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Current issue

ELEKTRO 10/2018 was released on September 26th 2018. Its digital version will be available immediately.

Topic: Electrical power engineering; RES; Batteries and accumulators; E-mobility

Main Article
Smart Cities (part 1 – volume 1)

SVĚTLO (Light) 5/2018 was released on September 17th 2018. Its digital version will be available immediately.

Interiors lighting
Luminaire selection by the concept of interior
The unique book about interiors nowadays on market
Invitation on colloquium Interiéry 2018 – exceptional action for the seventh time

Newsreel
Profesor Jiří Habel passed away – memories remain

This 3D Printer Can Print 10 Materials Simultaneously

28.08.2015 | MIT News | news.mit.edu

3-D printing is great, assuming you're printing one material for one purpose, and that you’re fine with a few do-overs. But the technology is still far behind in reliably producing a variety of useful objects, with no assembly required, at a moderate cost.

In recent years, companies have been working to tackle some of these challenges with “multi-material” 3-D printers that can fabricate many different functional items. Such printers, however, have traditionally been limited to three materials at a time, can cost as much as $250,000 each, and still require a fair amount of human intervention.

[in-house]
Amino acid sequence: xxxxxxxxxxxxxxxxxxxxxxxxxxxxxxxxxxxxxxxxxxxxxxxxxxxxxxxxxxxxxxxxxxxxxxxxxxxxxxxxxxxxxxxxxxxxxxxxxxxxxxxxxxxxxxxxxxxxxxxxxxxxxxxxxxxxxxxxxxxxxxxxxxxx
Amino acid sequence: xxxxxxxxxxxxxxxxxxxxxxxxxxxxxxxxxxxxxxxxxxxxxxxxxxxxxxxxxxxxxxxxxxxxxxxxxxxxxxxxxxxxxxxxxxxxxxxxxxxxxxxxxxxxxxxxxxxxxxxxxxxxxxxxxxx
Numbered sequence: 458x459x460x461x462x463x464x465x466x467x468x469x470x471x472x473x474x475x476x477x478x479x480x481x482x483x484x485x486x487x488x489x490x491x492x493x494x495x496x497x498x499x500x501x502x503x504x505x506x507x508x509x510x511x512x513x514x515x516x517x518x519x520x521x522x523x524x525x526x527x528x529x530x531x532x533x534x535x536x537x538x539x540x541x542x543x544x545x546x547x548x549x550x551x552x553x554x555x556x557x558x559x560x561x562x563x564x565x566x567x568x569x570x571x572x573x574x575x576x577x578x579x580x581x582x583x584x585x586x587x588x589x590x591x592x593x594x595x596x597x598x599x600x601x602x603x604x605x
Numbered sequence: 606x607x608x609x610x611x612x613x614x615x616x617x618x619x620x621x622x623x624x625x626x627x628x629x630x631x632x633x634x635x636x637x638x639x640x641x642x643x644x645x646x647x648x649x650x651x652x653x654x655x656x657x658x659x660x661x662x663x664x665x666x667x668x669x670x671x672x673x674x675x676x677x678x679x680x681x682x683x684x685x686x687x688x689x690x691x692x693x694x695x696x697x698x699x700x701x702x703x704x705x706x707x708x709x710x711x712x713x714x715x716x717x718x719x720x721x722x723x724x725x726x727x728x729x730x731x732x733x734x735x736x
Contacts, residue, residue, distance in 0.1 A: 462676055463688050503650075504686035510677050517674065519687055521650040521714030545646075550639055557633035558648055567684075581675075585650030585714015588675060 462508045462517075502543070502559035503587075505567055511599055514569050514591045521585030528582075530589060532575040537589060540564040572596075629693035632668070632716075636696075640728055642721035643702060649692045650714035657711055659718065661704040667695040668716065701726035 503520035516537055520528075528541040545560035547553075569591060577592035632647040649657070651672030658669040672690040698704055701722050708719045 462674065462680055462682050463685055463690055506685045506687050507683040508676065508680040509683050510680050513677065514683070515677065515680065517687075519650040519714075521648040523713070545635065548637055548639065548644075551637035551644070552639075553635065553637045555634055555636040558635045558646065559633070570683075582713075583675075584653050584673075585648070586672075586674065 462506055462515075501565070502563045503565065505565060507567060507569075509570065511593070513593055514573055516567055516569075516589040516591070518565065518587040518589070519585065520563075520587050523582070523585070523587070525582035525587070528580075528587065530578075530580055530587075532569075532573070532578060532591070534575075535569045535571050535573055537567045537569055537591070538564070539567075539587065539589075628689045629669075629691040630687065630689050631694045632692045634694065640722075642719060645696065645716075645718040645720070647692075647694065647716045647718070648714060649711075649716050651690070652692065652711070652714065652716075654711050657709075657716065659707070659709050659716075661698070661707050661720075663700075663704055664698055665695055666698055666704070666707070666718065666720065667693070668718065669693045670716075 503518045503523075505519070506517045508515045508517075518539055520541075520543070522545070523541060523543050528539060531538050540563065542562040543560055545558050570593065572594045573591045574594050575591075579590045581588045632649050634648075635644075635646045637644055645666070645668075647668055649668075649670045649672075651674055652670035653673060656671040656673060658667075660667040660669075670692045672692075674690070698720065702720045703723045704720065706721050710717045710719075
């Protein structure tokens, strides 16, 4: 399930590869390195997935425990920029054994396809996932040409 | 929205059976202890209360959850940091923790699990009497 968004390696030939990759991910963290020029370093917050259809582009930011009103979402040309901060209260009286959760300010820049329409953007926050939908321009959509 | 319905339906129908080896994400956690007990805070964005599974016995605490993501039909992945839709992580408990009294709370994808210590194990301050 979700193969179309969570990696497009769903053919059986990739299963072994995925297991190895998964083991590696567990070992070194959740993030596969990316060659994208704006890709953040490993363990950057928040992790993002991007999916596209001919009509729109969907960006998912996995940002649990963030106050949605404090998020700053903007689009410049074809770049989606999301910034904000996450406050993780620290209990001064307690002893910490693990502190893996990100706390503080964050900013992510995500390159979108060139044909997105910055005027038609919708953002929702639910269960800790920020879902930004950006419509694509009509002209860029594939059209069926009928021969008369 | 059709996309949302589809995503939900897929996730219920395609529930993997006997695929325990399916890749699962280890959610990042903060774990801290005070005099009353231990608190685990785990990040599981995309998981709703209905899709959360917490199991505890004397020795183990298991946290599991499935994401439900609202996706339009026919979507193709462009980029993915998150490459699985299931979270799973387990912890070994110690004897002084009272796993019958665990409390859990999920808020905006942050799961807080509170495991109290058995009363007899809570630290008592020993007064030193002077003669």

New 3D printer can print 10 materials at the same time

But this week, researchers at MIT’s Computer Science and Artificial Intelligence Laboratory (CSAIL) say that they’ve found a way to make a better, cheaper, more user-friendly printer. In a paper accepted at the SIGGRAPH computer-graphics conference, a CSAIL team presented a 3-D printer that can print an unprecedented 10 different materials at once by using 3-D-scanning techniques that save time, energy, and money.

Delivering resolution at 40 microns - or less than half the width of a human hair - the “MultiFab” system is the first 3-D printer to use 3-D-scanning techniques from machine vision, which offers two key advantages in accuracy and convenience over traditional 3-D printing.

Read more at MIT News

Image Credit: Tom Buehler/CSAIL

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